jax.debug.print and jax.debug.breakpoint#

The jax.debug package offers some useful tools for inspecting values inside of JIT-ted functions.

Debugging with jax.debug.print and other debugging callbacks#

TL;DR Use jax.debug.print() to print values to stdout in jax.jit-,jax.pmap-, and pjit-decorated functions:

import jax
import jax.numpy as jnp

@jax.jit
def f(x):
  jax.debug.print("🤯 {x} 🤯", x=x)
  y = jnp.sin(x)
  jax.debug.print("🤯 {y} 🤯", y=y)
  return y
  
f(2.)
# Prints:
# 🤯 2.0 🤯
# 🤯 0.9092974662780762 🤯

With some transformations, like jax.grad and jax.vmap, you can use Python’s builtin print function to print out numerical values. But print won’t work with jax.jit or jax.pmap because those transformations delay numerical evaluation. So use jax.debug.print instead!

Semantically, jax.debug.print is roughly equivalent to the following Python function

def debug.print(fmt: str, *args: PyTree[Array], **kwargs: PyTree[Array]) -> None:
  print(fmt.format(*args, **kwargs))

except that it can be staged out and transformed by JAX. See the API reference for more details.

Why “debug” print?#

In the name of debugging, jax.debug.print can reveal information about how computations are evaluated:

xs = jnp.arange(3.)

def f(x):
  jax.debug.print("x: {}", x)
  y = np.sin(x)
  jax.debug.print("y: {}", y)
  return y
jax.vmap(f)(xs)
# Prints: x: 0.0
#         x: 1.0
#         x: 2.0
#         y: 0.0
#         y: 0.841471
#         y: 0.9092974
jax.lax.map(f, xs)
# Prints: x: 0.0
#         y: 0.0
#         x: 1.0
#         y: 0.841471
#         x: 2.0
#         y: 0.9092974

Notice that the printed results are in different orders!

By revealing these inner-workings, the output of jax.debug.print doesn’t respect JAX’s usual semantics guarantees, like that jax.vmap(f)(xs) and jax.lax.map(f, xs) compute the same thing (in different ways). Yet these evaluation order details are exactly what we might want to see when debugging!

So use jax.debug.print for debugging, and not when semantics guarantees are important.

More examples of jax.debug.print#

In addition to the above examples using jit and vmap, here are a few more to have in mind.

Printing under jax.pmap#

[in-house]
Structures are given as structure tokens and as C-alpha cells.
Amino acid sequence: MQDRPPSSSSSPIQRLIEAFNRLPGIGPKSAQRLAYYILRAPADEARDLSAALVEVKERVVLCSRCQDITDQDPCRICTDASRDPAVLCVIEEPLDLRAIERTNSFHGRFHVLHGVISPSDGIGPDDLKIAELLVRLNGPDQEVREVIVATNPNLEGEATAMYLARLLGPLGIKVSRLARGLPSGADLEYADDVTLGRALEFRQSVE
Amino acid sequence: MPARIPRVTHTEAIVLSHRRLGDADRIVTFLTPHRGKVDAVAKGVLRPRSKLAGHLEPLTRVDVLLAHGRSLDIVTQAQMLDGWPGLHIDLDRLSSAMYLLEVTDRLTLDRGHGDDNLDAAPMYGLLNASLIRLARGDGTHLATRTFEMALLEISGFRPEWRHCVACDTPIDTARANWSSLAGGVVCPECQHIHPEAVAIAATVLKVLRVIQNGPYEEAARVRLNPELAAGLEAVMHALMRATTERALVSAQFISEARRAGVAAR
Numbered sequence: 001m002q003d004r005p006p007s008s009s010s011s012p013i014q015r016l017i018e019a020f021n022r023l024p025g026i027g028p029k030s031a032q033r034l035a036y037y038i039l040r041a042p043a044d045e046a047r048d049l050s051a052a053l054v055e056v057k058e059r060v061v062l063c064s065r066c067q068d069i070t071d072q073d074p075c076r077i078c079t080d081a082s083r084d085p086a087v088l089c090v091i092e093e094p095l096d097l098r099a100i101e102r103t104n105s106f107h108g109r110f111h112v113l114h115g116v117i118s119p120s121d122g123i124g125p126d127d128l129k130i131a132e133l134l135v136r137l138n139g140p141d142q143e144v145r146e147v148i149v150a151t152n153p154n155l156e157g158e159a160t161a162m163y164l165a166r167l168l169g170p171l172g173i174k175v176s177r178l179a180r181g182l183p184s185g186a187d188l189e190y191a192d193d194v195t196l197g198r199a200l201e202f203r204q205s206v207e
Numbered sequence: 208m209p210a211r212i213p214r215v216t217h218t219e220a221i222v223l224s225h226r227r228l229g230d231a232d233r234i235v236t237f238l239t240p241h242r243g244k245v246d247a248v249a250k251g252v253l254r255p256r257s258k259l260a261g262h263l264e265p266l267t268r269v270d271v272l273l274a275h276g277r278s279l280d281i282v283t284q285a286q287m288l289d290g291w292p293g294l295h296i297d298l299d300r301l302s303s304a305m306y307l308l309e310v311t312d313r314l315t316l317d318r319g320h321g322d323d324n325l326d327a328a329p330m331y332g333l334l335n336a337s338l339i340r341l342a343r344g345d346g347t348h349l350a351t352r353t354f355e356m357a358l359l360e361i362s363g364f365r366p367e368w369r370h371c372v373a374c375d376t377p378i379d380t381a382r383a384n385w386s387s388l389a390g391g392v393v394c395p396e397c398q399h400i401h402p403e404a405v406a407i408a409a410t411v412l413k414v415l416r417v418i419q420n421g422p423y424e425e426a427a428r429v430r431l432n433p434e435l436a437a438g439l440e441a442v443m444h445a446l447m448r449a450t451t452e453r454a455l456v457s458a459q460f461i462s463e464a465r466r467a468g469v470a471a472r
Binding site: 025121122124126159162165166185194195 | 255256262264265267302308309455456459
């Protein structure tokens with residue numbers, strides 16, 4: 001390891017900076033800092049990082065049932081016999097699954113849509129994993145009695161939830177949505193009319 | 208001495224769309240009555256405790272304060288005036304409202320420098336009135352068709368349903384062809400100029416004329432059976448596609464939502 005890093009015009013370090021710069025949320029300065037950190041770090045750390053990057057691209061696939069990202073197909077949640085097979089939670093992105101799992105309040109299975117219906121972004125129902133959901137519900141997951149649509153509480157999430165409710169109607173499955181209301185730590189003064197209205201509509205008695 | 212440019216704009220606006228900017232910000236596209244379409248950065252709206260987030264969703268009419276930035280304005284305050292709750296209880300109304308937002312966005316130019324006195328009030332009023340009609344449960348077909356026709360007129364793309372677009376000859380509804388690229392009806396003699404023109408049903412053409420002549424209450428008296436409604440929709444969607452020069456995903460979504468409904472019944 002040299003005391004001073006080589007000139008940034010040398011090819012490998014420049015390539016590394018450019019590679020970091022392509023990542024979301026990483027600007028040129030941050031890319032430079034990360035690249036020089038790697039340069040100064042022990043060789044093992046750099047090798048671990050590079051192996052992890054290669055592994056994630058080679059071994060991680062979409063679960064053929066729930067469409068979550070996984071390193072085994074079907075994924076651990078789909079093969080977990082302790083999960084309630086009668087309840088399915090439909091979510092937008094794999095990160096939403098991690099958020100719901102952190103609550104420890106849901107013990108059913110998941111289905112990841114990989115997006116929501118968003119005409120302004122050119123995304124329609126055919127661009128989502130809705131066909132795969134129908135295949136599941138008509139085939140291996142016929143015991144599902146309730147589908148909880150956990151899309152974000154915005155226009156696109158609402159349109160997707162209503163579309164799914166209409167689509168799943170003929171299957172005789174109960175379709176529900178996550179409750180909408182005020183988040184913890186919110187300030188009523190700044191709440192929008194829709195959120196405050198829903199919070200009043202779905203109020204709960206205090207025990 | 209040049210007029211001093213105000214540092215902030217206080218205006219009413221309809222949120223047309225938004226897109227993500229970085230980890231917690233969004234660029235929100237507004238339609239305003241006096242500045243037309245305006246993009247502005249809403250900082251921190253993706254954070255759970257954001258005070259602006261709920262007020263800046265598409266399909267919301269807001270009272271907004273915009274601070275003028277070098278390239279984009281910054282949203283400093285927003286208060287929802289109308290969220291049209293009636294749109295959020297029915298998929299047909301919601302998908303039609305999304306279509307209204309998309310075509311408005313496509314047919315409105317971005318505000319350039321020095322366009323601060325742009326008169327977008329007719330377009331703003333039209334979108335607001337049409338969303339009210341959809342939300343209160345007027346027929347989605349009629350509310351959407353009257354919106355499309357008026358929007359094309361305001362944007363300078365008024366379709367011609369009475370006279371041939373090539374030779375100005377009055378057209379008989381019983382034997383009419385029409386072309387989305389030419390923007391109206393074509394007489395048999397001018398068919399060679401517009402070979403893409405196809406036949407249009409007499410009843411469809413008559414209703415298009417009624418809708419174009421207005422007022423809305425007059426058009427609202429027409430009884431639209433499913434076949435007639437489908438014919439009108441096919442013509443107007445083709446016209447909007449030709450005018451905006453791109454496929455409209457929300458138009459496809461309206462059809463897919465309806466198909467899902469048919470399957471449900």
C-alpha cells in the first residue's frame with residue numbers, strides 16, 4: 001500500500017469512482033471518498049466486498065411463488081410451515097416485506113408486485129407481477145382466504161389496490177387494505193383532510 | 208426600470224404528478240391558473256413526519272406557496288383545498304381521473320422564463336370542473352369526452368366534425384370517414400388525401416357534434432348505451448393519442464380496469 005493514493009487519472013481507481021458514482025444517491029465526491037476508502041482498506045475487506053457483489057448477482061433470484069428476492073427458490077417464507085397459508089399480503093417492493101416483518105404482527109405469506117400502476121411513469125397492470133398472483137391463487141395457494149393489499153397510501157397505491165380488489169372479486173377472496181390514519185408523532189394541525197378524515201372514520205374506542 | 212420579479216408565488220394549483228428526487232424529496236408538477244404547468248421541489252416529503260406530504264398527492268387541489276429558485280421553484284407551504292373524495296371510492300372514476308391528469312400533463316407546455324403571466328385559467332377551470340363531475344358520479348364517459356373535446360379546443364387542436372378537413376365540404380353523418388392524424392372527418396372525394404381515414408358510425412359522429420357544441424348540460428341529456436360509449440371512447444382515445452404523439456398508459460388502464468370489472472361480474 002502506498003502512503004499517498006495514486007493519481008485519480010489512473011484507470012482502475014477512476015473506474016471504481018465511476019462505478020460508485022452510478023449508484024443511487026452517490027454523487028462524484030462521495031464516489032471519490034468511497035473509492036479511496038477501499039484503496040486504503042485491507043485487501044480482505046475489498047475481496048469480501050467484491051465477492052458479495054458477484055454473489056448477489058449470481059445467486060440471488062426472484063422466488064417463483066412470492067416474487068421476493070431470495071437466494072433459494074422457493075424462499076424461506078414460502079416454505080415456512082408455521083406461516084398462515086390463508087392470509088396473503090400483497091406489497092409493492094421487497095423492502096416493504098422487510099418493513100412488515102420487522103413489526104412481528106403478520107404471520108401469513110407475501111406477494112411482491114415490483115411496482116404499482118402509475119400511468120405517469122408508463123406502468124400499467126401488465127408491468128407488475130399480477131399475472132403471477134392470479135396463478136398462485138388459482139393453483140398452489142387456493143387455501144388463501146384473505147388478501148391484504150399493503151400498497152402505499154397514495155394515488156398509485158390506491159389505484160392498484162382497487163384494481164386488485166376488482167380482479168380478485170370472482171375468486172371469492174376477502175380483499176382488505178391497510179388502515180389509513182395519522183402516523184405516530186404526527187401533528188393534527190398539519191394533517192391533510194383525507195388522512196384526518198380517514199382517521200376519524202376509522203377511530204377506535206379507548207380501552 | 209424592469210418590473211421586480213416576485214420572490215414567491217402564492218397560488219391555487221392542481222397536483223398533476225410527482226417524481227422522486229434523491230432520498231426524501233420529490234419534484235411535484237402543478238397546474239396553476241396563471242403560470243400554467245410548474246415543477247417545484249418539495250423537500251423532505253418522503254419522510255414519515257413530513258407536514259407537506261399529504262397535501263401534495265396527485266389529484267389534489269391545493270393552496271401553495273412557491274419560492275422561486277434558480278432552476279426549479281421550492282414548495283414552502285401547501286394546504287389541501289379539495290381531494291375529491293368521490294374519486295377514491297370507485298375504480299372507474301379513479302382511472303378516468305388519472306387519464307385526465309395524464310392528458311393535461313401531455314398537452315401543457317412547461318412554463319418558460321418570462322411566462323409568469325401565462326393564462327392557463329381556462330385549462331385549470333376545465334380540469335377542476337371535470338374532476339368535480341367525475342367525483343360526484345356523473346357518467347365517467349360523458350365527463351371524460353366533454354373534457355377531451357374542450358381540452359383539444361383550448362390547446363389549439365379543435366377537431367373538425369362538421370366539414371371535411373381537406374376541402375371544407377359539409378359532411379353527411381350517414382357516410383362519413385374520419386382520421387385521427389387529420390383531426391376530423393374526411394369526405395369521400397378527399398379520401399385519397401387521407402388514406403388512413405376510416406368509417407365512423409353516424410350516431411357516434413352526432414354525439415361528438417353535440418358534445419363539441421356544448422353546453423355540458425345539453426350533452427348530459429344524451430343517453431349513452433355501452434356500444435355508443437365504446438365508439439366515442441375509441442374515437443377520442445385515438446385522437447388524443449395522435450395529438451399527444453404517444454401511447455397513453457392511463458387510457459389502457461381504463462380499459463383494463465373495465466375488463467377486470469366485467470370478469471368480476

When jax.pmap-ed, jax.debug.prints might be reordered!

xs = jnp.arange(2.)

def f(x):
  jax.debug.print("x: {}", x)
  return x
jax.pmap(f)(xs)
# Prints: x: 1.0
#         x: 0.0
# OR
# Prints: x: 1.0
#         x: 0.0

Printing under jax.grad#

Under a jax.grad, jax.debug.prints will only print on the forward pass:

def f(x):
  jax.debug.print("x: {}", x)
  return x * 2.

jax.grad(f)(1.)
# Prints: x: 1.0

This behavior is similar to how Python’s builtin print works under a jax.grad. But by using jax.debug.print here, the behavior is the same even if the caller applies a jax.jit.

To print on the backward pass, just use a jax.custom_vjp:

@jax.custom_vjp
def print_grad(x):
  return x

def print_grad_fwd(x):
  return x, None

def print_grad_bwd(_, x_grad):
  jax.debug.print("x_grad: {}", x_grad)
  return (x_grad,)

print_grad.defvjp(print_grad_fwd, print_grad_bwd)


def f(x):
  x = print_grad(x)
  return x * 2.
jax.grad(f)(1.)
# Prints: x_grad: 2.0

Printing in other transformations#

jax.debug.print also works in other transformations like xmap and pjit.

More control with jax.debug.callback#

In fact, jax.debug.print is a thin convenience wrapper around jax.debug.callback, which can be used directly for greater control over string formatting, or even the kind of output.

Semantically, jax.debug.callback is roughly equivalent to the following Python function

def callback(fun: Callable, *args: PyTree[Array], **kwargs: PyTree[Array]) -> None:
  fun(*args, **kwargs)
  return None

As with jax.debug.print, these callbacks should only be used for debugging output, like printing or plotting. Printing and plotting are pretty harmless, but if you use it for anything else its behavior might surprise you under transformations. For example, it’s not safe to use jax.debug.callback for timing operations, since callbacks might reordered and asynchronous (see below).

Sharp bits#

Like most JAX APIs, jax.debug.print can cut you if you’re not careful.

Ordering of printed results#

When distinct calls to jax.debug.print involve arguments which don’t depend on one another, they might be reordered when staged out, e.g. by jax.jit:

@jax.jit
def f(x, y):
  jax.debug.print("x: {}", x)
  jax.debug.print("y: {}", y)
  return x + y

f(2., 3.)
# Prints: x: 2.0
#         y: 3.0
# OR
# Prints: y: 3.0
#         x: 2.0

Why? Under the hood, the compiler gets a functional representation of the staged-out computation, where the imperative order of the Python function is lost and only data dependence remains. This change is invisible to users with functionally pure code, but in the presence of side-effects like printing, it’s noticeable.